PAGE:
US nursing: Nevada
US nurses living in Nevada will realize that it mostly Most of Nevada lies in the Basin and Range region. Rivers and drainage belong to the Colorado River system in the southeast and to the north water drains into the Snake. Nevada rivers mostly go nowhere, ending instead in desolate alkali sinks-except of course where they have been diverted for irrigation and reclamation, such as by the Humboldt project, the Newlands project, and the Truckee River storage project.
Nurses will see that Nevada’s landscape is primarily alkali sinks and arid stretches with sagebrush and creosote bush. Its mountain chains generally run north and south. On the California border stands the Sierra Nevada [snowy range]. In Nevada, days and nights are generally clear.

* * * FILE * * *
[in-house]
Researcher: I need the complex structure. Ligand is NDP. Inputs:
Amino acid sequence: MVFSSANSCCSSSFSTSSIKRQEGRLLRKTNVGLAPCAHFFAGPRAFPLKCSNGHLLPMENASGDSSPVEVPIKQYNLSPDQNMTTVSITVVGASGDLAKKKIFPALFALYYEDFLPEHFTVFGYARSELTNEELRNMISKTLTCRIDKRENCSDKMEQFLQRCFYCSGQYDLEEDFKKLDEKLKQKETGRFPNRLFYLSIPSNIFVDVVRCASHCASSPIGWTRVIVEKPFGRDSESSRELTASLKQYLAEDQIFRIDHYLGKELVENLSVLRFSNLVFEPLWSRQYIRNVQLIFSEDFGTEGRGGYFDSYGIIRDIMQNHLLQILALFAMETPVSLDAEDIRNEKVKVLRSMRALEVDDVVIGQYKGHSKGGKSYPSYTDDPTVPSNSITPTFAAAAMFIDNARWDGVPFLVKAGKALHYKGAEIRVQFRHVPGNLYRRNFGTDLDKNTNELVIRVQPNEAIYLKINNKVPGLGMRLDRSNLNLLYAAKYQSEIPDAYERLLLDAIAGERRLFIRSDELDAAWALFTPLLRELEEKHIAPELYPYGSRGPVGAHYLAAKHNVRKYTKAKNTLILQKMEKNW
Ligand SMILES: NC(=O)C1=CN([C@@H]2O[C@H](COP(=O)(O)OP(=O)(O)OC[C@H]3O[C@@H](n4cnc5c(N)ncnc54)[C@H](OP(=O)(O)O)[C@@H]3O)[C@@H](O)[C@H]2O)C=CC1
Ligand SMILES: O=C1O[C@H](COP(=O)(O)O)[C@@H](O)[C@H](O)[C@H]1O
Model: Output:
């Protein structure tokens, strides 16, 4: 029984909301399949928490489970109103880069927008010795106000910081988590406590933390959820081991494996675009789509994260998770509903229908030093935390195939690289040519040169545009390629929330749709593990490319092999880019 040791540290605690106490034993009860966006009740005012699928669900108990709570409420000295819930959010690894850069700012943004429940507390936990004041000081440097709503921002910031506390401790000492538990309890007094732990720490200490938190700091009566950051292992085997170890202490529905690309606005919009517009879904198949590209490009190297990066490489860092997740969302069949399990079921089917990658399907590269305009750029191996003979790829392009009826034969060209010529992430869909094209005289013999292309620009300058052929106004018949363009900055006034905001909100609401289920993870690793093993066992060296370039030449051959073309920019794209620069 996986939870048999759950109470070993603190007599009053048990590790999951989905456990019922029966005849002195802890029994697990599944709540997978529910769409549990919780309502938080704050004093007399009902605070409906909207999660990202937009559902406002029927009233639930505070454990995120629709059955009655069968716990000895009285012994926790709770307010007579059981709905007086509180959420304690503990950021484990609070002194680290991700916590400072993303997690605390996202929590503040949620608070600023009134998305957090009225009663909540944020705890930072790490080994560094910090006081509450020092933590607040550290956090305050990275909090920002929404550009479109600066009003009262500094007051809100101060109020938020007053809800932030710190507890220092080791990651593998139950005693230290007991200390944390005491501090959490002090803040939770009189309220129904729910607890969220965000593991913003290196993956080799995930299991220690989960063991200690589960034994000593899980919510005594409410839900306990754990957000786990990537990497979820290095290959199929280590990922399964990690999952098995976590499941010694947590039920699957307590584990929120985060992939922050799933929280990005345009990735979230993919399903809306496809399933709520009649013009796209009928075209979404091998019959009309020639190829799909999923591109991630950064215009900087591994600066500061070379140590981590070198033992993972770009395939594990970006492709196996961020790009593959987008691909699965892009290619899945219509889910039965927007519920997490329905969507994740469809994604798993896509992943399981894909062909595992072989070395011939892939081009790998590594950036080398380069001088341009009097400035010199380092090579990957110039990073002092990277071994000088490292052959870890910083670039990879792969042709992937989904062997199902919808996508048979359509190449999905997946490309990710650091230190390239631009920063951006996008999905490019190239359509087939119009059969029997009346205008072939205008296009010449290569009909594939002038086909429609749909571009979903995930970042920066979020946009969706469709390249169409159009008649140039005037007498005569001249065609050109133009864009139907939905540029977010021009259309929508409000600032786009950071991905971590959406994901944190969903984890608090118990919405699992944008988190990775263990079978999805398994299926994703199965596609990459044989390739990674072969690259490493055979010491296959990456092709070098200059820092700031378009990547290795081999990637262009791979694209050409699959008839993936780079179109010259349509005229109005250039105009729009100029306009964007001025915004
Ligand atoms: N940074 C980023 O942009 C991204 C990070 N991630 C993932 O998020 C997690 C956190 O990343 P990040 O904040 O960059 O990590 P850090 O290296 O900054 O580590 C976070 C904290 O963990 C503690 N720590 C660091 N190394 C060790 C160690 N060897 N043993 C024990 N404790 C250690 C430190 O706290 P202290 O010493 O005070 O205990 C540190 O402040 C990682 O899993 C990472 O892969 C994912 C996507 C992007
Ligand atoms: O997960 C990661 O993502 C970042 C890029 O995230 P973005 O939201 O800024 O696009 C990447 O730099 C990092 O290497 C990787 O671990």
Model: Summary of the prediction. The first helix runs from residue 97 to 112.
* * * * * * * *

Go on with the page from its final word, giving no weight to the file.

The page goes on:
Nurses will find that Carson City is capital with Las Vegas the largest city and Reno the second largest. In the state visitors are often attracted to Hoover Dam and Lake Mead where there are facilities for fishing, swimming, and boating. Such locations include: Lake Tahoe, Death Valley National Park, both on the California line; Lehman Caves National Monument the Great Basin National Park; and restored mining ghost towns like Virginia City.